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Creating Checklists and Finding Family

Posted on: July 07, 2021 by Gena Hickey

Riding Should Be Fun! Part Six:

SmartPaker Gena checks “no worries” off her to-do list before shows.

A competitive equestrian and show day nerves are like unicorns and glitter. Except it does not have to be that way for us, competitive equestrians. Show-day jitters are no stranger to me. I have been in the competitive equestrian world since age 9, competed in IHSA in college, and still compete today. There are two big pieces that help me prepare for Show Day and calm those pesky nerves – organization and my team.

Now organization may not be everyone’s safety blanket, but over the years, as a competitive equestrian, it has become mine. I am a list person naturally and developed a checklist for each horse show or event. I know it sounds a little crazy, but I do believe in it. To take it a step further, I break down my list into smaller lists or sections. I try to organize my list and sections based off the order I will be working through them. For example, Horse Show Prep is first section because it is one of the first steps for the event.

For Horse Show Prep, I break it down into bathing, braiding, and show eve tuck-in. The next section would be Horse Apparel broken into two sections – tack and gear for the ring and then apparel and gear for travel. The Show Prep and Horse Apparel sections manifested and expanded to all the other sections. Kayla Schone would refer to the Horse Apparel list as a Show Bundle during my early competition years at Briggs Stables. On the day of the show, everything we needed was ready to go. This guarantee always helped me sleep the night before show day and keep my cool before entering the ring. Instead of succumbing to my nerves because I forgot a key piece to our presentation, I can imagine our best ride together and make it into a reality.

Rider Apparel is one section I developed and mastered during my IHSA career. Typically, we were not solely responsible for our horse in IHSA. This allowed me to focus on what I needed as a competitive rider, to ensure a positive experience and avoid nerves at all costs. I section off Rider Apparel into Warm Up, Ring, and Ringside. While creating this list, I work from head to toe. I try to imagine what I should wear or have on hand to be comfortable loading the horses for warm up, competing in the ring, and finally my best end of the day look to decompress while ringside. The Ring section is crucial, but I will argue Warm Up and Ringside are even more important when discussing nerves. For me, it creates a level of ease knowing I will be comfortable leading up to my time in the ring and having something fresh to jump into, once I am out of the ring. Of course, it would be easier to throw options in, but every competitive equestrian knows their horse has the bulk of the gear, so packing efficiently for yourself is important. This strategy allows me to pack meaningfully for myself without skimping on the essentials, but also save me 10 trips to retrieve all our gear!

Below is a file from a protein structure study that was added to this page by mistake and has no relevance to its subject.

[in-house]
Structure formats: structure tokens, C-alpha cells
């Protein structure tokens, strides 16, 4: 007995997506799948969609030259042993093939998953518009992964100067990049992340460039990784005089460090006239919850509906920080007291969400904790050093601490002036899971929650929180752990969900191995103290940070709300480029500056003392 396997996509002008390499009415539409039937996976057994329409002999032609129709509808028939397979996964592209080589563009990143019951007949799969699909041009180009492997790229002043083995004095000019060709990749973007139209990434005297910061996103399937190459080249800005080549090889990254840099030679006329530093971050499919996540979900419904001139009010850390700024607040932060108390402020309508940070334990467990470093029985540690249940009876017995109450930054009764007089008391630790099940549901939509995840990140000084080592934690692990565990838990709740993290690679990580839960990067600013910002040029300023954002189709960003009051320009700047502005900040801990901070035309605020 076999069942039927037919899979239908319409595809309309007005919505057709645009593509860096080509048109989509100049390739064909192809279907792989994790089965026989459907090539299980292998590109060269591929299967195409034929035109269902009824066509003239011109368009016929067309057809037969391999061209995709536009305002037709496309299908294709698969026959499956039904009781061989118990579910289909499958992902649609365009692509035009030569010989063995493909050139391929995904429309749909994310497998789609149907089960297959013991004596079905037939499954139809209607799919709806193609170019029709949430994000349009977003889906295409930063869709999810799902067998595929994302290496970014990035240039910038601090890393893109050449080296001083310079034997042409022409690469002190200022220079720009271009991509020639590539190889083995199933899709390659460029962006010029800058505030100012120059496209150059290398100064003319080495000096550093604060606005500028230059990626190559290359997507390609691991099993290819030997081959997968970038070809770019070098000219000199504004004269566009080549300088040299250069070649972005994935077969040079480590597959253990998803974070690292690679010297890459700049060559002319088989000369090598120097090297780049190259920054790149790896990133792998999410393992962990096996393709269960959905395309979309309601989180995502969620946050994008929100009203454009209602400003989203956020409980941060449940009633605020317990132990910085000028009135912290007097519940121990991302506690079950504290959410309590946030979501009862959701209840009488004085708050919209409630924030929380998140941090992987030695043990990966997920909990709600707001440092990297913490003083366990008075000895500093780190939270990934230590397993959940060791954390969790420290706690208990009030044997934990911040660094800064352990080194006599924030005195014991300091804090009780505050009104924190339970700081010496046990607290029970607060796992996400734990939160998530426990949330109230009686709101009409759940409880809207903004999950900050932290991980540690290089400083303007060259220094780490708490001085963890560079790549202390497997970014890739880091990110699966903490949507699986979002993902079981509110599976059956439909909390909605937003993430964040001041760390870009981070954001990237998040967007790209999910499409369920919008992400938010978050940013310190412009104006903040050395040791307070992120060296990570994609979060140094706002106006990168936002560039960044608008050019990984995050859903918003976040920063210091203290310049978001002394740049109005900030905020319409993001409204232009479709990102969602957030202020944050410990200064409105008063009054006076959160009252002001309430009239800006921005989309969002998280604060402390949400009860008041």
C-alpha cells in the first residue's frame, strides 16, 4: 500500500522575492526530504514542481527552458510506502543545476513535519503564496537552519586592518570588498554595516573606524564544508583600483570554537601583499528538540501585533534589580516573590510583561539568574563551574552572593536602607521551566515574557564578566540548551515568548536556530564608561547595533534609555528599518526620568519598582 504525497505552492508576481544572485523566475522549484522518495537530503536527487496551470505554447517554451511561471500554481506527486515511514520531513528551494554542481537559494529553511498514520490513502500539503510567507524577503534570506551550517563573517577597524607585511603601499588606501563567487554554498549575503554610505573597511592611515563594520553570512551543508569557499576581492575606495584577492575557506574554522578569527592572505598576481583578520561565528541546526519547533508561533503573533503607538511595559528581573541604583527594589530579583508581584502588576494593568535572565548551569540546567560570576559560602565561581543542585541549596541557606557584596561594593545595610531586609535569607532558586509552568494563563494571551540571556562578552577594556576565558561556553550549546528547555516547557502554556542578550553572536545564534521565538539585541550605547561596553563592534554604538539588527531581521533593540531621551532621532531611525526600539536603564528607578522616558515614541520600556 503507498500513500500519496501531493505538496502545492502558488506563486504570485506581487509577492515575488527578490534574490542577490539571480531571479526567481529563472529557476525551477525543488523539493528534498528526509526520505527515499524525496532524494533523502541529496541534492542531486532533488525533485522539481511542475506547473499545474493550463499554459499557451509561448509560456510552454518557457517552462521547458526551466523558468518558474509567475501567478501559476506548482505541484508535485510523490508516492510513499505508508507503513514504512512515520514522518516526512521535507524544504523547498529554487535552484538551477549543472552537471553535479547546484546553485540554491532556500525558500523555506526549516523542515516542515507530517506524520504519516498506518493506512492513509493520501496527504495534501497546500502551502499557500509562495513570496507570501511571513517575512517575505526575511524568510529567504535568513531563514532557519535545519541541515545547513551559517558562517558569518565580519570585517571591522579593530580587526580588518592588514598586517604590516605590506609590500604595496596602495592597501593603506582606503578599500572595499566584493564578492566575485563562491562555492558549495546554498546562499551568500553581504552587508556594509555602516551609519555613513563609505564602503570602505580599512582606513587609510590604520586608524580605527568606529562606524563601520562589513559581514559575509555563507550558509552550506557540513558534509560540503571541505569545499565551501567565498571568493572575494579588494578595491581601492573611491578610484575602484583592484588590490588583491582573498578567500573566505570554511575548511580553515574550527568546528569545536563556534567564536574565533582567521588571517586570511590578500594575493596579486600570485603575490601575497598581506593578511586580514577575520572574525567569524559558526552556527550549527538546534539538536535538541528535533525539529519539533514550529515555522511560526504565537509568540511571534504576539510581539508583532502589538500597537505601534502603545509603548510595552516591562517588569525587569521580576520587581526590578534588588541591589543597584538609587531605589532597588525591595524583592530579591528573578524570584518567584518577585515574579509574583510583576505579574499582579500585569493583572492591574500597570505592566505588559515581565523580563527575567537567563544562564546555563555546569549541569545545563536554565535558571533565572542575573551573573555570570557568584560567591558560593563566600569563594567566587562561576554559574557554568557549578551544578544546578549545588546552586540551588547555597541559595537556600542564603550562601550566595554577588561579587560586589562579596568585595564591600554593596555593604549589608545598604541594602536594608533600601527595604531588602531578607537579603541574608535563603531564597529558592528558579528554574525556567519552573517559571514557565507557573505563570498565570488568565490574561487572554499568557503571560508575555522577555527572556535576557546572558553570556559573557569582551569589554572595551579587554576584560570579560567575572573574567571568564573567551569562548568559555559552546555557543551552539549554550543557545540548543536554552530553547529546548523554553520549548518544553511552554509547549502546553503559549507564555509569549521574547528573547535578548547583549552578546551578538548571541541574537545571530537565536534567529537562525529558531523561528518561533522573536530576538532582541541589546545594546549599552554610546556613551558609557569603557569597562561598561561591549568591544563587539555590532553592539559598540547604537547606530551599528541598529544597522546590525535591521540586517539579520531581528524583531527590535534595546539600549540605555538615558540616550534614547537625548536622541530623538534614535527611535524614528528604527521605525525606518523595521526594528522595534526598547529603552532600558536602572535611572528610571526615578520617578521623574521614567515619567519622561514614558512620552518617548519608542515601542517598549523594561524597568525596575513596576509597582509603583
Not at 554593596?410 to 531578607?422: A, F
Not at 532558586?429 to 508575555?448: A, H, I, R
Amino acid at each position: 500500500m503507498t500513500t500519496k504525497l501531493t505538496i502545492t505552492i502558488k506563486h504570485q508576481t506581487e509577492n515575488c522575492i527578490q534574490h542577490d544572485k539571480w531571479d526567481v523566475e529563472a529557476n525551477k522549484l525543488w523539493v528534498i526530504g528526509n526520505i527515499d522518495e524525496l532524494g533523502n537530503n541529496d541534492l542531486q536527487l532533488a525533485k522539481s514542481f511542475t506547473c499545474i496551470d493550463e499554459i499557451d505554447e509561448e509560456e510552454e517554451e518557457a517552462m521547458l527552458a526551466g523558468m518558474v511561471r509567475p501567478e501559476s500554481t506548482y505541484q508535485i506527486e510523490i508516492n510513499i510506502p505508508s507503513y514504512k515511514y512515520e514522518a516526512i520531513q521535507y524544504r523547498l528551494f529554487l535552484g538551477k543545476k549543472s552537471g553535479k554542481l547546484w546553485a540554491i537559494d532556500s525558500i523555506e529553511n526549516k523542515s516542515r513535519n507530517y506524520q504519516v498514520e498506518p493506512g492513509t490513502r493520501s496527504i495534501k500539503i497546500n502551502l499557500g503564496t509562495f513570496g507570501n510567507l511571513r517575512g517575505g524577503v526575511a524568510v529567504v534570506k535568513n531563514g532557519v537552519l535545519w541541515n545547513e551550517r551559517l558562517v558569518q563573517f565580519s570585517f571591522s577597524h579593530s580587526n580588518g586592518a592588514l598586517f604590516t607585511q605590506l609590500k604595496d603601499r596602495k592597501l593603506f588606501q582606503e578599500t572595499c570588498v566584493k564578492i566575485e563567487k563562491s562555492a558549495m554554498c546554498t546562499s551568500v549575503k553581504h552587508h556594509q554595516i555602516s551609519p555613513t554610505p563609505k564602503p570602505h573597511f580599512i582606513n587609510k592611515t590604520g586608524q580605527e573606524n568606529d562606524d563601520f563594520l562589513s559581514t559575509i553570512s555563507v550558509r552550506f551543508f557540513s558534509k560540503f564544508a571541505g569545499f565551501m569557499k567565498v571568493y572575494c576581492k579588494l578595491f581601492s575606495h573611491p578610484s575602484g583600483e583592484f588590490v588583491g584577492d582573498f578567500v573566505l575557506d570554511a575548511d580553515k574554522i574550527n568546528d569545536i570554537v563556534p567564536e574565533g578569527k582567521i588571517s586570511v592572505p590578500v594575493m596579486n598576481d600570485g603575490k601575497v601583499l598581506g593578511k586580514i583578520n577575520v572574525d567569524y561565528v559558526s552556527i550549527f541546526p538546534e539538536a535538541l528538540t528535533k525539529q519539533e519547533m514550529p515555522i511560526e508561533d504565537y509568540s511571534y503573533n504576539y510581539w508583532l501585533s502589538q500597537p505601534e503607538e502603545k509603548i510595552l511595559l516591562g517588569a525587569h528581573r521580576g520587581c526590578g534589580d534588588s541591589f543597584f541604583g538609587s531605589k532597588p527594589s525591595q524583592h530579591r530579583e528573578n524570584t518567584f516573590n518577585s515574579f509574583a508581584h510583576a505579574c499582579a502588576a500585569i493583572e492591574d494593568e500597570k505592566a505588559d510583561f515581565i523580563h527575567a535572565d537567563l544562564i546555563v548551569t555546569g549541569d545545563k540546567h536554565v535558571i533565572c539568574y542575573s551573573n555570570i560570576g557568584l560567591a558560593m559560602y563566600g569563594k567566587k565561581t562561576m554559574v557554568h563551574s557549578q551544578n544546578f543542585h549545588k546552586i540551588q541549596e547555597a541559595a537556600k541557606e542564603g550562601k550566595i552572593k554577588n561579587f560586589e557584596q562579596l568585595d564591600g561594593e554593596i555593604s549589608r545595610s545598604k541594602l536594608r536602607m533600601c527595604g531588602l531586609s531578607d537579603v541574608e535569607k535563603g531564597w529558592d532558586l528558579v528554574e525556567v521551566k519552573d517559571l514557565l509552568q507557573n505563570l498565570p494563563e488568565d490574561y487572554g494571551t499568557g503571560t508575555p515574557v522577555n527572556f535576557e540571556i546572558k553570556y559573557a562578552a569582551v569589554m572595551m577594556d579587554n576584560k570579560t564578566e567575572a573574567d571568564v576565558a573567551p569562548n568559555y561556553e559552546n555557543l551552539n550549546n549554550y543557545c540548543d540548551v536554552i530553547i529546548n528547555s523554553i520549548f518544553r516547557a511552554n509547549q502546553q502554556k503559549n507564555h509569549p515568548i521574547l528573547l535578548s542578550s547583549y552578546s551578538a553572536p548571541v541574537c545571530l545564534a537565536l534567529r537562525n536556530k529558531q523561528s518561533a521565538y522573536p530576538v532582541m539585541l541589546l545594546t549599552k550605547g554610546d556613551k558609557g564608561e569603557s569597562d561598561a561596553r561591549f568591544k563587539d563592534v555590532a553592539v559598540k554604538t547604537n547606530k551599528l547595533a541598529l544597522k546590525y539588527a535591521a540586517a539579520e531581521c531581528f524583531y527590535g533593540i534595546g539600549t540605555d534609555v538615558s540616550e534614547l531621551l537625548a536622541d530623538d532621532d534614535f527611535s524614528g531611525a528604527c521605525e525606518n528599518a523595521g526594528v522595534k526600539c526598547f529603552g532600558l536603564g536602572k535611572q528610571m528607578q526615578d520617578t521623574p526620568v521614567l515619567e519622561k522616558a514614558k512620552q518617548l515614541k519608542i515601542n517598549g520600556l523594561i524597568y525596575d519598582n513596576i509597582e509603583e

The meaning of team as a competitive equestrian did not develop a recognizable meaning for me until my IHSA years, even though it has always been a piece. I recognize now, how even in my early years at Brigg Stables, I was part of a team. Team is my barn family. These are the folks for you to lean on during your most stressful or nervous moments. You are not dressed, they are calling your class, and a member of your barn family zooms to the announcer booth to attempt a hold on the class while the other members of your family scramble to tack your horse and get you on. This is the meaning of Team because when the situation is reversed, you are there to do the same. The people you surround yourself with at the event are your team and it is all based off kindness. Once you find this mutual kindness you have a team. For me, this realization and support, always helps reduce my show day jitters. Let other’s help you and help others when you can. Even waiting for a class, sometimes I like to compliment the other riders, starting a conversation with them lessens my nerves to head into the show ring with them. This is another example of a simple kindness that could contribute to another rider having a positive experience free of nerves too!

At the end of the day, we are all competing because of our crazy love for these incredible animals. When you think of all the similarities we have to each other in that ring, the nerves can start to melt away, especially when you add a touch of kindness to another person’s day.